The fees for registration with the National Court Register will depend on the chosen business type as well as whether or not the application for registration is submitted by post or electronically. The application for entering a limited liability company in the National Court Register starts with submitting the official form for this type of legal entity as well as attaching the supporting documentation. Some of these additional documents include the Articles of Association, the list of business partners, the statement regarding the contribution to the company capital, the names, and addresses of the individuals on the Management Board and others. In general, there are two fees that should be taken into consideration, the court fee for entry of approximately 500 PLN and the fee for announcing the registration in the Court and Economic Monitor of 100 PLN. This means that the fees for company registration (only the actual registration step with the National Court Register) amount to 600 PLN or approximately 140 euros. 
 

Running a business in Poland

 
After the business registration process is complete and the company can perform economic activities, investors can consider hiring personnel in Poland. Entrepreneurs have various options when recruiting suitable candidates: they can request the specialized services of a recruitment agency or simply publish a job vacancy announcement on a dedicated website.
 
Individuals will require a work permit in Poland and the employer will need to make sure that the company observes the requirements for minimum wages and also the employee’s rights for leave, holidays and special benefits. Our law firm in Poland can offer you specific details about the employment law in the country.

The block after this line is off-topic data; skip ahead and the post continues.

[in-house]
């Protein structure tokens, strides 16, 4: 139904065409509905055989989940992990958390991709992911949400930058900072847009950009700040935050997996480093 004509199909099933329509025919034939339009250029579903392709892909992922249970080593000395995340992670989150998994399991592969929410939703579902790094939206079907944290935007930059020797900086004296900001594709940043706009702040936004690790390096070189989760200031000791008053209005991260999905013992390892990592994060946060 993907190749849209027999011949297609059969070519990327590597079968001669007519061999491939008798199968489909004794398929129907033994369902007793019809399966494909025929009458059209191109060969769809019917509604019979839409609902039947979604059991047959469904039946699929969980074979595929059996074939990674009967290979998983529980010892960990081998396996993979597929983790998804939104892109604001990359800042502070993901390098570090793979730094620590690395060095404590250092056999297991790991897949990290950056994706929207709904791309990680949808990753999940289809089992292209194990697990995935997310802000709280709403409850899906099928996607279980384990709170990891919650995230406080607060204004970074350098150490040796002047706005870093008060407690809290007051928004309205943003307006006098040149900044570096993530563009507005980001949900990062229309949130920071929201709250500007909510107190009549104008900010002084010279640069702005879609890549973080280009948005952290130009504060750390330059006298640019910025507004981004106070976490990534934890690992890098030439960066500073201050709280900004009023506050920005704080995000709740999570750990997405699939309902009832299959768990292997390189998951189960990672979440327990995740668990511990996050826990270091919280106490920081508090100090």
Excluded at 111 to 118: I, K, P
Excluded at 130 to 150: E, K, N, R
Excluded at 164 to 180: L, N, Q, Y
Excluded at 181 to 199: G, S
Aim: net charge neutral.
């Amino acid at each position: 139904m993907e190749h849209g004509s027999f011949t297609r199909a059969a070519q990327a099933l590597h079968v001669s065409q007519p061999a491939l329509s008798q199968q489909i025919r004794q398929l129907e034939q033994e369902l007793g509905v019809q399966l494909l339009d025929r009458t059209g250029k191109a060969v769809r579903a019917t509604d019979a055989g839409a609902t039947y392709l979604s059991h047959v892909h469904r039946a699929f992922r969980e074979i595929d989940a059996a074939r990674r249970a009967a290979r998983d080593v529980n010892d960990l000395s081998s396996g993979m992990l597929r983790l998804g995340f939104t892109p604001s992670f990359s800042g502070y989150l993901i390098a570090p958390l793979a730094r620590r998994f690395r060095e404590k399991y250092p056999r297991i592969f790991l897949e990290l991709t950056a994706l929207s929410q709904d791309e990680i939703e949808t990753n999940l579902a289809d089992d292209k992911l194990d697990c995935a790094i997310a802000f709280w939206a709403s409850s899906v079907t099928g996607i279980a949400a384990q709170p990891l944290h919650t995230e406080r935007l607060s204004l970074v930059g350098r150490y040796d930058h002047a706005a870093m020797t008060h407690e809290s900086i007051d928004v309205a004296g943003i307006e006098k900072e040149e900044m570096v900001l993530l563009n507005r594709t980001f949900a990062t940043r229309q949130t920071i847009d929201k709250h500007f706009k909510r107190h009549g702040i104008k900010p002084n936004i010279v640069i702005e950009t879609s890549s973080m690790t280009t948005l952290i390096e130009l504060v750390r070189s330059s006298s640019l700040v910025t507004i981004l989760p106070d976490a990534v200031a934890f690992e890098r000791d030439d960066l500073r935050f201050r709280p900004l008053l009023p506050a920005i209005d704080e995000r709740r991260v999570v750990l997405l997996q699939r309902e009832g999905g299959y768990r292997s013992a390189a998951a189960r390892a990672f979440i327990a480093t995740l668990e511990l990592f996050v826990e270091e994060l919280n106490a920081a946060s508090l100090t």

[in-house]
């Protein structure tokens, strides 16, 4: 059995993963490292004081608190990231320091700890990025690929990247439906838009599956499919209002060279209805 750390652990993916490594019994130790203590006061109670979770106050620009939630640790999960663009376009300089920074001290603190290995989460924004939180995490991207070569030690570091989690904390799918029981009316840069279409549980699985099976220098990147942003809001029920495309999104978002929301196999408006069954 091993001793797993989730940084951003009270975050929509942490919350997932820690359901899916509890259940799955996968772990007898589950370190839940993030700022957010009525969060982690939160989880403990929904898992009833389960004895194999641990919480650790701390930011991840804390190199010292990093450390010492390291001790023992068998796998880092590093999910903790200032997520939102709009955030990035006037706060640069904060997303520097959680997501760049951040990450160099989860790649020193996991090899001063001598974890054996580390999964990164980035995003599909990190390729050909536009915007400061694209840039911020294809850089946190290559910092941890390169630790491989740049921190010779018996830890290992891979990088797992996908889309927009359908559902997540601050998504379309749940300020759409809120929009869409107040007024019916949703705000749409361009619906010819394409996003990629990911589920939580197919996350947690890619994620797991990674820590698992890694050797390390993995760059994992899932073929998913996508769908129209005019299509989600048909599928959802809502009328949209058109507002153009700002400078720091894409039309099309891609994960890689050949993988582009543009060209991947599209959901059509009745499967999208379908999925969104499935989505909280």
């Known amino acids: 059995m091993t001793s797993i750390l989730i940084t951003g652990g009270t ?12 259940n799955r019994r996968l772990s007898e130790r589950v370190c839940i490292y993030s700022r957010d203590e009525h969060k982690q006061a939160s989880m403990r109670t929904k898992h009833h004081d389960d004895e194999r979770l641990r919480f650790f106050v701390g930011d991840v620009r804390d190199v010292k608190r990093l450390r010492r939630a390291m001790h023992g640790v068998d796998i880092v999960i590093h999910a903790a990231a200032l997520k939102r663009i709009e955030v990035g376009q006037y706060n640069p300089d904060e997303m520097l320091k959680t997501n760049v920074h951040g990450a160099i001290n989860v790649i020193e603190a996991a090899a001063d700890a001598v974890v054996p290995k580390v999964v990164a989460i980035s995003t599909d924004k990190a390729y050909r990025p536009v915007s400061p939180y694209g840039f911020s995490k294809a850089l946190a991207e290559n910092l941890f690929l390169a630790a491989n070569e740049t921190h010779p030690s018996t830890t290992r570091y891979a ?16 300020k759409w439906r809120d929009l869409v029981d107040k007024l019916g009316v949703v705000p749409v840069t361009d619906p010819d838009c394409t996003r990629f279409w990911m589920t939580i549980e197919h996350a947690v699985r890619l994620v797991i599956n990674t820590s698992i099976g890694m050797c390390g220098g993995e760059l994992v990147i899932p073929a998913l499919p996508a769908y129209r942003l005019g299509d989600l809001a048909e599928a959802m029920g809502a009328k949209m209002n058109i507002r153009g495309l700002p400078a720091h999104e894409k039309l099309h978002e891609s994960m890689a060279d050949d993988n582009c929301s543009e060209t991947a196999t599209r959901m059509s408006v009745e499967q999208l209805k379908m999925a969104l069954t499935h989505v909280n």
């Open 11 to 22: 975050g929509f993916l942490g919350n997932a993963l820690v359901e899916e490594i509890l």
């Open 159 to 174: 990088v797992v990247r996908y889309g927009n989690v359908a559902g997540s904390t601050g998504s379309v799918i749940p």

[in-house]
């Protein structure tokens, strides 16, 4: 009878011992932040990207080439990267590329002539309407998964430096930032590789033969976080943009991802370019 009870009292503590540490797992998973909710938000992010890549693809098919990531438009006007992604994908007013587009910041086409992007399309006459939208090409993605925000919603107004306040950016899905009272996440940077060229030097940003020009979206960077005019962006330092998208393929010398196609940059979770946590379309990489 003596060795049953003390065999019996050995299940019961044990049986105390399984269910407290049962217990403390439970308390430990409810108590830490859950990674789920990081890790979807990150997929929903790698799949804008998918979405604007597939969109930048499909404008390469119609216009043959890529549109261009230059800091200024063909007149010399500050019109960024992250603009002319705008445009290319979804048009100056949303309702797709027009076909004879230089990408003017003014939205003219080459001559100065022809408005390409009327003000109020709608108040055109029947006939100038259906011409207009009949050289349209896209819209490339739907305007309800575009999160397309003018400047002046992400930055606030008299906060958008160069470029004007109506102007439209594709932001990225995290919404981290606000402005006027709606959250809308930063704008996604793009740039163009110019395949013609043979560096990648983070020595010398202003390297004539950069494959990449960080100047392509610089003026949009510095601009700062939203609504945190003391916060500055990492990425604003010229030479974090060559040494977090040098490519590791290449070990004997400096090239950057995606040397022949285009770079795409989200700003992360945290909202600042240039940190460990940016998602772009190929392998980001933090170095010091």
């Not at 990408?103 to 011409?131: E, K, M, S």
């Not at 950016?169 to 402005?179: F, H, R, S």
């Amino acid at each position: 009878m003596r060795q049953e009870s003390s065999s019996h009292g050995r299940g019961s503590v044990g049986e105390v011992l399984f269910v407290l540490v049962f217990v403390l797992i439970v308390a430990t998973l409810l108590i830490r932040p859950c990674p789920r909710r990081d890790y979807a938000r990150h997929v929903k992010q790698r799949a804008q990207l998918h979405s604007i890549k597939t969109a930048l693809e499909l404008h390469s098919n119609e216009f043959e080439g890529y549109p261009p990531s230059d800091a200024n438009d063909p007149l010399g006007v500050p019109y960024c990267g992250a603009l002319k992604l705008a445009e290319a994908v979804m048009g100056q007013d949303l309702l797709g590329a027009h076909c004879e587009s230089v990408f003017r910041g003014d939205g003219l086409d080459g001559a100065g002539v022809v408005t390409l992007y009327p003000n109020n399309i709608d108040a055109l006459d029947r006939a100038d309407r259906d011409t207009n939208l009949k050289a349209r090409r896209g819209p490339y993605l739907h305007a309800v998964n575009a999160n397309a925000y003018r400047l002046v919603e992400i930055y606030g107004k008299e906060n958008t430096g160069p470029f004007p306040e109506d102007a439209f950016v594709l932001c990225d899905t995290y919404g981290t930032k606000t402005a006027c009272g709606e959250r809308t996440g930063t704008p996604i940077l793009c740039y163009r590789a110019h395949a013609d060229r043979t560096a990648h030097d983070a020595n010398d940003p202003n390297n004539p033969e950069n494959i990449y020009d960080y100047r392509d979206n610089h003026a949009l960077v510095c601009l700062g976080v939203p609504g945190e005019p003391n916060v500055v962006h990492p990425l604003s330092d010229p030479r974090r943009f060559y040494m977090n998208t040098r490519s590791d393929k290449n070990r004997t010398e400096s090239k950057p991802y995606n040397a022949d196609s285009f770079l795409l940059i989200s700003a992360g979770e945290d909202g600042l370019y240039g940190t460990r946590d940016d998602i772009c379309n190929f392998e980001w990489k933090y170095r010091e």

As far as taxation is concerned, opening a business in Poland also presents a number of advantages in this respect because of the relatively low corporate income tax in the country, compared to the one applicable in other EU countries. Some of the main facts about taxation are highlighted below by the tax experts at our law firm in Poland:
 
The default corporate income tax rate for companies in Poland is 19% and a lower, 9% rate is applicable to income other than capital gains for companies that qualify for this reduction (small companies and companies that are just starting out and have a revenue under 1.2 million EUR on the year – however, this is subject to certain exceptions).
 
The withholding tax in Poland applies for companies and individuals in case of dividends, interest and royalties payments. For companies, the general rate for resident corporations is 0% or 19%. The standard 19% rate can be reduced in case of dividends paid by a Polish resident company to a nonresident company or individual when a double taxation treaty applies or when the said dividend payment is treated under the EU parent-subsidiary directive.
 
The Polish value-added tax has a standard value of 23% and lower rates of 0%, 5% and 8% apply in case of certain types of goods and services. Some types can be zero-rated, such as exports. Companies are expected to register for VAT purposes when their annual turnover exceeds 200,000 PLN, unless that company engages in an activity that is not subject to value-added tax. Non-resident companies are also generally subject to registration for VAT purposes if they make taxable supplies of goods or services. VAT returns are filed electronically in Poland and they are submitted and paid in the month following the one for which the VAT obligation applied. As far as other tax compliance is concerned, taxpayers are subject to a self-assessment scheme and they make advance payments of the income tax during the year. A simplified tax assessment method can apply and it is based on the tax results recorded for previous years. Companies that fail to observe the tax requirements are subject to penalties and penalty interest as determined by the National Bank of Poland (and in this case the lowest penalty rate is 8%).